Huebner J.,Dr Senckenbergisches Chronomedizinisches Institute | Muenstedt K.,Universitatsfrauenkllinik Giessen | Muecke R.,Strahlentherapieklinik Lemgo | Micke O.,Strahlentherapieklinik Bielefeld
Trace Elements and Electrolytes | Year: 2013

Introduction: Complementary and alternative medicine (CAM) is frequently used by cancer patients. Physicians are often unfamiliar with this topic and patients have difficulties in getting sound information. Therefore we decided to assess the information provided on CAM in cancer by Cochrane reviews. Methods: We systematically searched the Cochrane library for reviews including CAM. The reviews were analyzed concerning contents and evidence concerning CAM. Results: 15 reviews were identified. There is a mismatch between most frequently used CAM methods and the actual number of Cochrane reviews to these topics. Vitamins and trace elements, which are most often used, are only assessed in one review. In contrast acupuncture and Traditional Chinese Medicine (TCM) have been dealt with in several reviews. Positive evidence for CAM is low or missing in the Cochrane reviews. The methodological quality of the studies is mostly low. Discussion: Evidence based medicine provides adequate tools to assess CAM. The randomized controlled trial is suitable for biological based therapies which are the most commonly used CAM methods in Europe. Reviews focusing on supportive therapy should use a search strategy which includes CAM. This will make them highly relevant because the evidence on CAM will be given in context with all treatment options. Cochrane reviews can point to areas of missing evidence where research is needed. Reviewers should evaluate the relevance of endpoints chosen in studies on CAM. These endpoints should be clinically relevant and assessed by valid and generally recognized instruments. © 2013 Dustri-Verlag Dr. K. Feistle.


Huebner J.,Dr Senckenbergisches Chronomedizinisches Institute | Muenstedt K.,Universittsfrauenkllinik Giessen | Muecke R.,Strahlentherapieklinik Lemgo | Micke O.,Strahlentherapieklinik Bielefeld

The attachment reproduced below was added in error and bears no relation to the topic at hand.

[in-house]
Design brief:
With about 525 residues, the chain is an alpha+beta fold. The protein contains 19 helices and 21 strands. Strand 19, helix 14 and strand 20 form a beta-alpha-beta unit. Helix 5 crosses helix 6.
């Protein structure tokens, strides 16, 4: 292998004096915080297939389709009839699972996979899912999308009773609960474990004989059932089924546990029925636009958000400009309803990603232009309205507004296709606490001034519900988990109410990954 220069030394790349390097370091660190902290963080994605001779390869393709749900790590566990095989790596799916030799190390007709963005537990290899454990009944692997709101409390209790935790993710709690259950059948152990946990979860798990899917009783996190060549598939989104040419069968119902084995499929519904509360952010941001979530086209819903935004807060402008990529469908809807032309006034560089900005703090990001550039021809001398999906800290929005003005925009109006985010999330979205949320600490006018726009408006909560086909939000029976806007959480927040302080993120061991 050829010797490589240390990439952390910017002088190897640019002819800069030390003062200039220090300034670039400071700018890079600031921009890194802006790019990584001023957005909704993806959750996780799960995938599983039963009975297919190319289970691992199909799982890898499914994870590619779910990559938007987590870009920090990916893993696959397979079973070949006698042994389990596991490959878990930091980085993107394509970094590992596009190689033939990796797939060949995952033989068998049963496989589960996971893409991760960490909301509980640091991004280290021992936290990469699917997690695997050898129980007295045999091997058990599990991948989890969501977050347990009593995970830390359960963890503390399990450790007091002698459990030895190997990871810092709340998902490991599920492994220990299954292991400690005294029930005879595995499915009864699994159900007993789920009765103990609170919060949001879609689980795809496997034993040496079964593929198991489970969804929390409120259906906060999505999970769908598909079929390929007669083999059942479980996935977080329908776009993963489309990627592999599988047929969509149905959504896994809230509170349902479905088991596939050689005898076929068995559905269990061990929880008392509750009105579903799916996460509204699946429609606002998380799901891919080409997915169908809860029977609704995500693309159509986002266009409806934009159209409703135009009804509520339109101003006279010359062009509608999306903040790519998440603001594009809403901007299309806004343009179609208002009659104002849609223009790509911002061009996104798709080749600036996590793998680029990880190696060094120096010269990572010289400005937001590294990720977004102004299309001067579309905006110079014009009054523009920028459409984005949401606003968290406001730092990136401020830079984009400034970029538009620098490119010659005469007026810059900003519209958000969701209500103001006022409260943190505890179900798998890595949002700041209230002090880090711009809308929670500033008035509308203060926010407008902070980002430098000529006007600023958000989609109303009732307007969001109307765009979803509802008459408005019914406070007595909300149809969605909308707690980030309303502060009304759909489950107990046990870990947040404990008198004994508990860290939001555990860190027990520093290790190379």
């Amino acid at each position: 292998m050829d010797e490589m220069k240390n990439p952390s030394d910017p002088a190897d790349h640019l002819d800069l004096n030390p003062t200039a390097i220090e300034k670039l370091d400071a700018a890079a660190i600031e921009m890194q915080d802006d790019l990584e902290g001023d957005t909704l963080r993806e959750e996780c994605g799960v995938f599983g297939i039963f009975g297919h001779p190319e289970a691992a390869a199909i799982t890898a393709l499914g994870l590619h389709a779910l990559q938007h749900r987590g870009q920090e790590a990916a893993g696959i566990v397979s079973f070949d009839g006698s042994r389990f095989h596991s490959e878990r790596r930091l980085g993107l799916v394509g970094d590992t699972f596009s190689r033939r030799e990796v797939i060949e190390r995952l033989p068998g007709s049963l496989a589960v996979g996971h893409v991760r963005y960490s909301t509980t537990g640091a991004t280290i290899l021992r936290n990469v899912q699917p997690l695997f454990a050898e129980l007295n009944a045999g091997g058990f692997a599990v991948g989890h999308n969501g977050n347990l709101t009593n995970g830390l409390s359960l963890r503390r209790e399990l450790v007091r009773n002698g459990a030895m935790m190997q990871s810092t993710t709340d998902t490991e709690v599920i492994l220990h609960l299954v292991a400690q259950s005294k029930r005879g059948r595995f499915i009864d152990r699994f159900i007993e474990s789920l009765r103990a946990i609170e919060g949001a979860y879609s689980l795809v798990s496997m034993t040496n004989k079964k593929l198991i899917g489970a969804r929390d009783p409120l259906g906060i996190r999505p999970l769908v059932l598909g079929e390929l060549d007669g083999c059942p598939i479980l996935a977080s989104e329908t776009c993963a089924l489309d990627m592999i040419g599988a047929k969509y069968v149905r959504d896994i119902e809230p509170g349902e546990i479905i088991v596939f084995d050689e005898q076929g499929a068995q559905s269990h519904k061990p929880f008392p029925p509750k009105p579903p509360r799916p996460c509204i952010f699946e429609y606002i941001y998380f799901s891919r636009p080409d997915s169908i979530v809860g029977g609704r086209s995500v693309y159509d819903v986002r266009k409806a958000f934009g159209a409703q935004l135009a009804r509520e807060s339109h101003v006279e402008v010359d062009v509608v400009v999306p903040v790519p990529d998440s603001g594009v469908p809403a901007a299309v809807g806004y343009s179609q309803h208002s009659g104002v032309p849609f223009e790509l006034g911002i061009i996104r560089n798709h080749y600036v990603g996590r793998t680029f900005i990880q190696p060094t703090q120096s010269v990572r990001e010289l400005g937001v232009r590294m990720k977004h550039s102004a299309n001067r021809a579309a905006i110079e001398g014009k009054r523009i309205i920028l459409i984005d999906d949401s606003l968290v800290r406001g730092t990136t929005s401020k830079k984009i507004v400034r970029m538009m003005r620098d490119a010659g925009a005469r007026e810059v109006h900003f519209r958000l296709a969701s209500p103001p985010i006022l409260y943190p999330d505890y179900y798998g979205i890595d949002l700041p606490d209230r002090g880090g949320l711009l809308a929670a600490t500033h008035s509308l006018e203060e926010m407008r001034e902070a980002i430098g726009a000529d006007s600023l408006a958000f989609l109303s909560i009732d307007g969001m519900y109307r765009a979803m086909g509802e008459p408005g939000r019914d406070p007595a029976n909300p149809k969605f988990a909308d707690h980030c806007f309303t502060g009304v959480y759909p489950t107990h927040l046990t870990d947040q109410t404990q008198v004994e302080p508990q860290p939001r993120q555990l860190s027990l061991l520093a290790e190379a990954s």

Trace Elements and Electrolytes | Year: 2013

Introduction: Different methods from complementary and alternative medicine (CAM) are used by many cancer patients. The goal is mainly to support body and soul in the fight against cancer. Physicians have some difficulties finding evidence on the different CAM methods. The goal of our work was to assess the information on CAM in reviews in the most often assessed database MedLine. Methods: We did a systematic search in MedLine for all reviews on supportive therapy in cancer and analyzed them according to information on CAM, types of cancer represented and questions from supportive therapy dealt with. Results: 66 reviews included at least some statement on CAM, 30 are systematic ones. The number of reviews considering CAM is rising since the year 2000. Reviews focusing on a defined CAM method mainly analyze natural products and less often mind and body medicine or whole medical systems. The most important supportive treatment aims are also represented in reviews with CAM. On the other side there are only a few reviews for patients with tumors that often use CAM like breast cancer patients. We found a high number of reviews on traditional Chinese medicine (TCM) as proof of the high interest on TCM which is in contrast with the low to missing evidence for these methods. Discussion: Most CAM methods are used complementary to conventional therapy and have a supportive aim. This aim can be chosen as defined endpoint and the method can be tested in clinical trials to gather evidence. In the article we discuss arguments against evidence based medicine in CAM and whether there are alternative ways to evidence in CAM which should be included in reviews or replace them? In our opinion the reviews analyzed in this article show that the technique of systematic search and evaluation is applicable to CAM. They provide results which can be used to build up guidelines and individual treatment recommendations. © 2013 Dustri-Verlag Dr. K. Feistle.


Muller M.H.,Dr Senckenbergisches Chronomedizinisches Institute | Muller M.H.,Goethe University Frankfurt | Rodel F.,Goethe University Frankfurt | Rub U.,Dr Senckenbergisches Chronomedizinisches Institute | Korf H.-W.,Dr Senckenbergisches Chronomedizinisches Institute
Chronobiology International | Year: 2015